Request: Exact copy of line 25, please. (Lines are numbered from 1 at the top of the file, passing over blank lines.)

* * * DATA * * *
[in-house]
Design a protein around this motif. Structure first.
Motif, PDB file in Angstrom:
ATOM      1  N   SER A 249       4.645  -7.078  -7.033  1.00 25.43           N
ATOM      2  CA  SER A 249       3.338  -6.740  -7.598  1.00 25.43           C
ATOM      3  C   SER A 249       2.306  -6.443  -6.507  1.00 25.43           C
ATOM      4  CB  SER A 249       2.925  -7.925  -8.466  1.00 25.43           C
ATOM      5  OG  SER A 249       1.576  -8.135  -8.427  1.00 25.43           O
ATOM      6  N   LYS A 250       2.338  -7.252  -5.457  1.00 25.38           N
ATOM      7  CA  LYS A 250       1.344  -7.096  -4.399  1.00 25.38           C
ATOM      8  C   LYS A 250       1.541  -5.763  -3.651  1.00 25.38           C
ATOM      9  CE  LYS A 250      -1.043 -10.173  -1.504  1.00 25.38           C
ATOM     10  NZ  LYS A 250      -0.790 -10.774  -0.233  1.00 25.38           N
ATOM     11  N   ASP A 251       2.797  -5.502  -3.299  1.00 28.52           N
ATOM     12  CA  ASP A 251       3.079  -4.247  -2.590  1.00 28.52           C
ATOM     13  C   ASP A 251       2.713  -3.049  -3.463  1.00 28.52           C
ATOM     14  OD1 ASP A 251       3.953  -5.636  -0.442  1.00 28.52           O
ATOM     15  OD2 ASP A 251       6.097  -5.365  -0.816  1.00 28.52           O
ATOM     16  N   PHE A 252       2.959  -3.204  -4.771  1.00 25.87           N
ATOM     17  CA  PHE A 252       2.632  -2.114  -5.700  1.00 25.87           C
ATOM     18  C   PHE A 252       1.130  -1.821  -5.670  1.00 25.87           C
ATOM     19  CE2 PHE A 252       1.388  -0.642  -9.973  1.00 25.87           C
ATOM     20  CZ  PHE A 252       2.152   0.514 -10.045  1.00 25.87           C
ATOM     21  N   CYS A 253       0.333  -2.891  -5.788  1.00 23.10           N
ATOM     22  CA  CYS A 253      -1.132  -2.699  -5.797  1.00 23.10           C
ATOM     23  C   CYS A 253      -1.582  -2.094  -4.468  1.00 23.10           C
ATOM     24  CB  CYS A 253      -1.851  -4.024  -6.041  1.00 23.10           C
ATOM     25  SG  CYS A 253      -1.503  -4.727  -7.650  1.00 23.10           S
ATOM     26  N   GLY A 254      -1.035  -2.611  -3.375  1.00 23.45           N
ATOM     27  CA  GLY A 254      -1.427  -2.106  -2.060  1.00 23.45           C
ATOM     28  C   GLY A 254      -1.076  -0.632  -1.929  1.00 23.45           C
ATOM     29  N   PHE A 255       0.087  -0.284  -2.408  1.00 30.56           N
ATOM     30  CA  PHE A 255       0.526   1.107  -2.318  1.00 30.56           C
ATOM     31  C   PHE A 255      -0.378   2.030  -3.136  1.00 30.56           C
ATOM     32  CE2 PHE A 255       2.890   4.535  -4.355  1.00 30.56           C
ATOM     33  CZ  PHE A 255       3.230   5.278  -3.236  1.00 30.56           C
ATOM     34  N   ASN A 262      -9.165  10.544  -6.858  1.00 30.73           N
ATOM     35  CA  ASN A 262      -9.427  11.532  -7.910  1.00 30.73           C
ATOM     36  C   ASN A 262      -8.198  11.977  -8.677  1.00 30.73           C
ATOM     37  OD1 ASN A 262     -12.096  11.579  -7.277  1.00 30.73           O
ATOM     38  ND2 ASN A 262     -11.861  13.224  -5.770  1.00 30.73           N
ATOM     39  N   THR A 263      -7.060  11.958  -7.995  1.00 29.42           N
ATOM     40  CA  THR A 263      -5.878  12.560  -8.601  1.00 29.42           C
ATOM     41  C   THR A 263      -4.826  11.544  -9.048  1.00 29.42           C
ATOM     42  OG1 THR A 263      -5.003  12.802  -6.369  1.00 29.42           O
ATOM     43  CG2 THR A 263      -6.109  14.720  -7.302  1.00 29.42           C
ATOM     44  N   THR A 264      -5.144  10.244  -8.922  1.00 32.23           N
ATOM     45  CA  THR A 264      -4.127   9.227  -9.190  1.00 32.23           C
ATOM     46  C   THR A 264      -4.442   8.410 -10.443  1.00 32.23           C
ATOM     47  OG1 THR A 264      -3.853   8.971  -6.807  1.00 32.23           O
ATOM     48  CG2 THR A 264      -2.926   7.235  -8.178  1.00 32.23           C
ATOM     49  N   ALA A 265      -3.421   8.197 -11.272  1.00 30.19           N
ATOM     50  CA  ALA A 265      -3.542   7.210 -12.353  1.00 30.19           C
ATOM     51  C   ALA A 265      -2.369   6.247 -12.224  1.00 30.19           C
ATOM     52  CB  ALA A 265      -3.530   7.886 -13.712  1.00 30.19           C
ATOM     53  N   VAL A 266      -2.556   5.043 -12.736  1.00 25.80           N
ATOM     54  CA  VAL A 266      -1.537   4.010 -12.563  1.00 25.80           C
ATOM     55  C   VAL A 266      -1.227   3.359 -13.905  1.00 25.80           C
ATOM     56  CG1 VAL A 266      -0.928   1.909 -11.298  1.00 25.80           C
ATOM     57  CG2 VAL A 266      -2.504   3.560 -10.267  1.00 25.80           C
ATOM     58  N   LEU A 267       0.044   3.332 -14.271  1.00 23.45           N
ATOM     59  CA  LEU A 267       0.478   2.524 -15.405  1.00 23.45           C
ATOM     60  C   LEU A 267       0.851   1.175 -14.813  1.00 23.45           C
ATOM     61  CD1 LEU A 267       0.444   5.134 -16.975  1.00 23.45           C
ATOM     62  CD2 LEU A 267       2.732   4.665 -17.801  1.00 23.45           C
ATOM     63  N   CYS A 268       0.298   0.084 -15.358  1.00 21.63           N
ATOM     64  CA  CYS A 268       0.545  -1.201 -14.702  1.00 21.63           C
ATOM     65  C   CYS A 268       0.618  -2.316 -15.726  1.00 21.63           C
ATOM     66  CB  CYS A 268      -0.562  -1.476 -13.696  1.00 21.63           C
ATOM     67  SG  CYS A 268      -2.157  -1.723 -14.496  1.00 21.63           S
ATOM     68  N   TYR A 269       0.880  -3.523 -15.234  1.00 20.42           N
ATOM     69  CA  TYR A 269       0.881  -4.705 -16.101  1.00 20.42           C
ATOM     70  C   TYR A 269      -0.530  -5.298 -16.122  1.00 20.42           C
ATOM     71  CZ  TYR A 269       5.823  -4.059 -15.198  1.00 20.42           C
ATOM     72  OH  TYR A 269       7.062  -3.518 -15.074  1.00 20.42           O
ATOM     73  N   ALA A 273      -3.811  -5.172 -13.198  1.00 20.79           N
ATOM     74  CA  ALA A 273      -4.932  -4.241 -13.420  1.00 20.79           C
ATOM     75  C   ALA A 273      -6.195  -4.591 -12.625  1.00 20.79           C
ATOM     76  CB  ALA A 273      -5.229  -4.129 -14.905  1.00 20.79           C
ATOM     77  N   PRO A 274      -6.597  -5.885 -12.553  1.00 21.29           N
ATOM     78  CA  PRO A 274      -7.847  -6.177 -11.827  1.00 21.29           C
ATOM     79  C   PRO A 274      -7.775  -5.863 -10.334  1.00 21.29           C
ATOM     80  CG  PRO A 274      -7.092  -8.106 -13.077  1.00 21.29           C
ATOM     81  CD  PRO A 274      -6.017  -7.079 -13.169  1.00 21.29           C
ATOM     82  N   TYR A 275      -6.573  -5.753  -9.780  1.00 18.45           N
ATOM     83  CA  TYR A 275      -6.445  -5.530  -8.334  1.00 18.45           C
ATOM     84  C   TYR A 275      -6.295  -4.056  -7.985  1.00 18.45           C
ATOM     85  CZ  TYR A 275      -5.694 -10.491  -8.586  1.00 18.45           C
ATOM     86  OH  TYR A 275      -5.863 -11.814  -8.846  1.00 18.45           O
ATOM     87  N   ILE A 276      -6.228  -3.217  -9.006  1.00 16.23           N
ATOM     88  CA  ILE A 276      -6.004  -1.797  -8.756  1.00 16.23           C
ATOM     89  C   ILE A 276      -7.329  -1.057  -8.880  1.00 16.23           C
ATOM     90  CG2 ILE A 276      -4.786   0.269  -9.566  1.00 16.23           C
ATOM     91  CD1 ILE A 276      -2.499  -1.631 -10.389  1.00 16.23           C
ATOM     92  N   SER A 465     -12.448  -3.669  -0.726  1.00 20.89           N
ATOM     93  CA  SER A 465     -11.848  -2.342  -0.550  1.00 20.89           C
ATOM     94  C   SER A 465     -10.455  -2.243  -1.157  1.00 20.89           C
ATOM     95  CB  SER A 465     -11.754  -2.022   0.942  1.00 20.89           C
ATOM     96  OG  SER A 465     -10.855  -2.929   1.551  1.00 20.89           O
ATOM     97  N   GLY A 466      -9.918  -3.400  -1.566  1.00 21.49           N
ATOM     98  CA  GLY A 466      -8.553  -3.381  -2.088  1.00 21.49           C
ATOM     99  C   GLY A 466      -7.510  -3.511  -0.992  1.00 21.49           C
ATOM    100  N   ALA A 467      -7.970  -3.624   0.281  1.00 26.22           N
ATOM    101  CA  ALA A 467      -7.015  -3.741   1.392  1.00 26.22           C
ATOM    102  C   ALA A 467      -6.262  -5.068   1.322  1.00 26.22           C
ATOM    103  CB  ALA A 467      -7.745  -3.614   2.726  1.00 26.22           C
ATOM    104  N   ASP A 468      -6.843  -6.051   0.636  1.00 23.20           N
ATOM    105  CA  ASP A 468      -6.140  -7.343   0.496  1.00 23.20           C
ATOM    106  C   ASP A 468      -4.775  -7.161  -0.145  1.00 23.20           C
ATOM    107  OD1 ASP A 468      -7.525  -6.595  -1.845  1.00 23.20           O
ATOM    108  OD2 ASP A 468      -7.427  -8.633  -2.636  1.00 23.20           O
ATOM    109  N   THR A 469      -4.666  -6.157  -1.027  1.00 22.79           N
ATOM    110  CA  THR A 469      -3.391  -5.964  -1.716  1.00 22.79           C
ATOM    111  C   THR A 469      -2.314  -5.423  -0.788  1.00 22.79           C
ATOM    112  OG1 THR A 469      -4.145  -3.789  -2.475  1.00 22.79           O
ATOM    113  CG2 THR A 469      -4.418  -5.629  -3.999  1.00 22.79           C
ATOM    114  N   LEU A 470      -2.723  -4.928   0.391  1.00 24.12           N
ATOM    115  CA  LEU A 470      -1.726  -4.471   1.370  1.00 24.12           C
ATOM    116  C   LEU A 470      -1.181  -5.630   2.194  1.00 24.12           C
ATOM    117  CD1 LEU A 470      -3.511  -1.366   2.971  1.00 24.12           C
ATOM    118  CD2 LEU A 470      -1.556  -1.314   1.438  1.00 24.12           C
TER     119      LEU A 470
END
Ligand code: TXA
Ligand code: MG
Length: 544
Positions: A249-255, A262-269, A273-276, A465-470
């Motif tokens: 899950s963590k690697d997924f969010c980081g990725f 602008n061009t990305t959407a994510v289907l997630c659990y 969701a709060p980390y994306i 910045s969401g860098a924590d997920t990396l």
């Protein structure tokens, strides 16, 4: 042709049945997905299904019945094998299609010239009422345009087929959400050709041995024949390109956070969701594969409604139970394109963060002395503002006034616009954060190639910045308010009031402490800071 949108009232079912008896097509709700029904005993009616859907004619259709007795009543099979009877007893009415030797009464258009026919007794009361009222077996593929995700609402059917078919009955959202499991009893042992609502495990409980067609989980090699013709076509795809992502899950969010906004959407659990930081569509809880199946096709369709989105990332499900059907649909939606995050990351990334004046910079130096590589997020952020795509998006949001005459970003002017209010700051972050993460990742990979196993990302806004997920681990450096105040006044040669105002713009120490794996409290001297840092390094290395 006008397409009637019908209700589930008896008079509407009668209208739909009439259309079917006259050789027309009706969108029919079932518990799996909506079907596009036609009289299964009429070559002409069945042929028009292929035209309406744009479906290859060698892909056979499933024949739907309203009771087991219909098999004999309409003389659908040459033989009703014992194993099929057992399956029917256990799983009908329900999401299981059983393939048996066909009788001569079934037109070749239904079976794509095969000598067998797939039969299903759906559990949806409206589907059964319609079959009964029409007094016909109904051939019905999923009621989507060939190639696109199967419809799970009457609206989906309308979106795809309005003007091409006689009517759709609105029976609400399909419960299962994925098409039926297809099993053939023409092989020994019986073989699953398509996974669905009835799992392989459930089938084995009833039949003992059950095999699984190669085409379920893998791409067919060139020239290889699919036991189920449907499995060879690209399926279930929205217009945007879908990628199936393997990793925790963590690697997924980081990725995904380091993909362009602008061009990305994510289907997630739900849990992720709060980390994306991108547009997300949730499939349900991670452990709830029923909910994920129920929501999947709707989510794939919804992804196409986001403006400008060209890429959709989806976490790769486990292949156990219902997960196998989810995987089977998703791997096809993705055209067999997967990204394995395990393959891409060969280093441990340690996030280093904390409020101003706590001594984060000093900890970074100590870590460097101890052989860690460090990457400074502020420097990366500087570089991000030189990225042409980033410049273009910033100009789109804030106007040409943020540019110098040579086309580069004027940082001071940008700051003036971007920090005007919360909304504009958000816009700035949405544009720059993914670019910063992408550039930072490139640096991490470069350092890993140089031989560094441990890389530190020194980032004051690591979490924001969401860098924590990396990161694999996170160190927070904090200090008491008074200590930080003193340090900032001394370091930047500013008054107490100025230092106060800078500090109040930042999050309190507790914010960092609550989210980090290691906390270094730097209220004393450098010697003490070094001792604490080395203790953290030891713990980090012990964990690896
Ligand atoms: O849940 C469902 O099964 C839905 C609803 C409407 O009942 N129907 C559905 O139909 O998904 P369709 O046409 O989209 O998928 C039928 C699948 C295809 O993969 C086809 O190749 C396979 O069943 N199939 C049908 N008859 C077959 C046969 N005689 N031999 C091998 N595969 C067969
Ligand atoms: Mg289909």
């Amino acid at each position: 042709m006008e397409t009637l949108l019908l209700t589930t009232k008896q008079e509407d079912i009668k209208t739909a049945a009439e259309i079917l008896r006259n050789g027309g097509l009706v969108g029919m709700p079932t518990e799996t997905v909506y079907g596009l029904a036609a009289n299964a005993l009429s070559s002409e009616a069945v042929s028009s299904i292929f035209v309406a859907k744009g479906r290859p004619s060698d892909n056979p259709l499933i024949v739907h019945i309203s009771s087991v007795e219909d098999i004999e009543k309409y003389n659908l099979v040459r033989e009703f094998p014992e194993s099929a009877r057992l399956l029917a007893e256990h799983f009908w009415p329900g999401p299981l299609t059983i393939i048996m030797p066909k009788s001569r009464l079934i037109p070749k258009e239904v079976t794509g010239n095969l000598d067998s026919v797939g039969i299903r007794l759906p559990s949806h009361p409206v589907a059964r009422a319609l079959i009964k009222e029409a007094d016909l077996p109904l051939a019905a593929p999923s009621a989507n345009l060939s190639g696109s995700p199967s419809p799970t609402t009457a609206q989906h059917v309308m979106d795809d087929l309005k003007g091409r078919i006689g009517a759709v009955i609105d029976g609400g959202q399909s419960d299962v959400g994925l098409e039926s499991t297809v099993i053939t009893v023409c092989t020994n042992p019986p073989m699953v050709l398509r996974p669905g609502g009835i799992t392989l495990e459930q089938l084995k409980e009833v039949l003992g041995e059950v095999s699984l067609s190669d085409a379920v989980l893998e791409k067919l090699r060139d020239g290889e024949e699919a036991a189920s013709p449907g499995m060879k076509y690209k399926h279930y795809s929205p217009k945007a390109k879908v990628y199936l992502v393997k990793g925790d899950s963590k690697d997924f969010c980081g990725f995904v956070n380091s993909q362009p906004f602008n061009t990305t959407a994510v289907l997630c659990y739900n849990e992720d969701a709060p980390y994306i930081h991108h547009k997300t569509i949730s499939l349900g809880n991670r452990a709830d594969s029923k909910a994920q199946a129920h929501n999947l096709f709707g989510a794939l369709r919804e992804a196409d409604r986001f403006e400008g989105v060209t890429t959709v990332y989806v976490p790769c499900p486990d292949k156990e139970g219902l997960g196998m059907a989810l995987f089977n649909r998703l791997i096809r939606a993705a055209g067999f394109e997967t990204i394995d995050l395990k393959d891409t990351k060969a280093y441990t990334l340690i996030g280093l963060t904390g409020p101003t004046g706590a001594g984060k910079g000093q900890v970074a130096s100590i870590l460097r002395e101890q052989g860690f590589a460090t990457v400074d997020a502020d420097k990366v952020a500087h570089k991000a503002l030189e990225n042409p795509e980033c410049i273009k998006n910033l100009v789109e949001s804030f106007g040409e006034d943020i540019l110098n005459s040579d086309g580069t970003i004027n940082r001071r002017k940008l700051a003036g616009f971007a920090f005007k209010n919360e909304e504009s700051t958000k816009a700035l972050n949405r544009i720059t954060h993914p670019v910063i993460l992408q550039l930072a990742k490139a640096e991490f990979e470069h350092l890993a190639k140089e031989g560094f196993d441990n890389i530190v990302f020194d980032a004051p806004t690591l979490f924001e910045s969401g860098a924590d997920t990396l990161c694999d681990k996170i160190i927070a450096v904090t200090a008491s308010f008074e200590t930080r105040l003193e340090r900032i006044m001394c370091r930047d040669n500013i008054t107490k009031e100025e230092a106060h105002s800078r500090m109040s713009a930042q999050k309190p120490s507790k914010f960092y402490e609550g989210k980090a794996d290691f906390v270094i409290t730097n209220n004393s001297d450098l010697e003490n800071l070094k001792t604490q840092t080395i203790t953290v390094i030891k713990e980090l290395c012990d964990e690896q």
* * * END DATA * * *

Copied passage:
ATOM     22  CA  CYS A 253      -1.132  -2.699  -5.797  1.00 23.10           C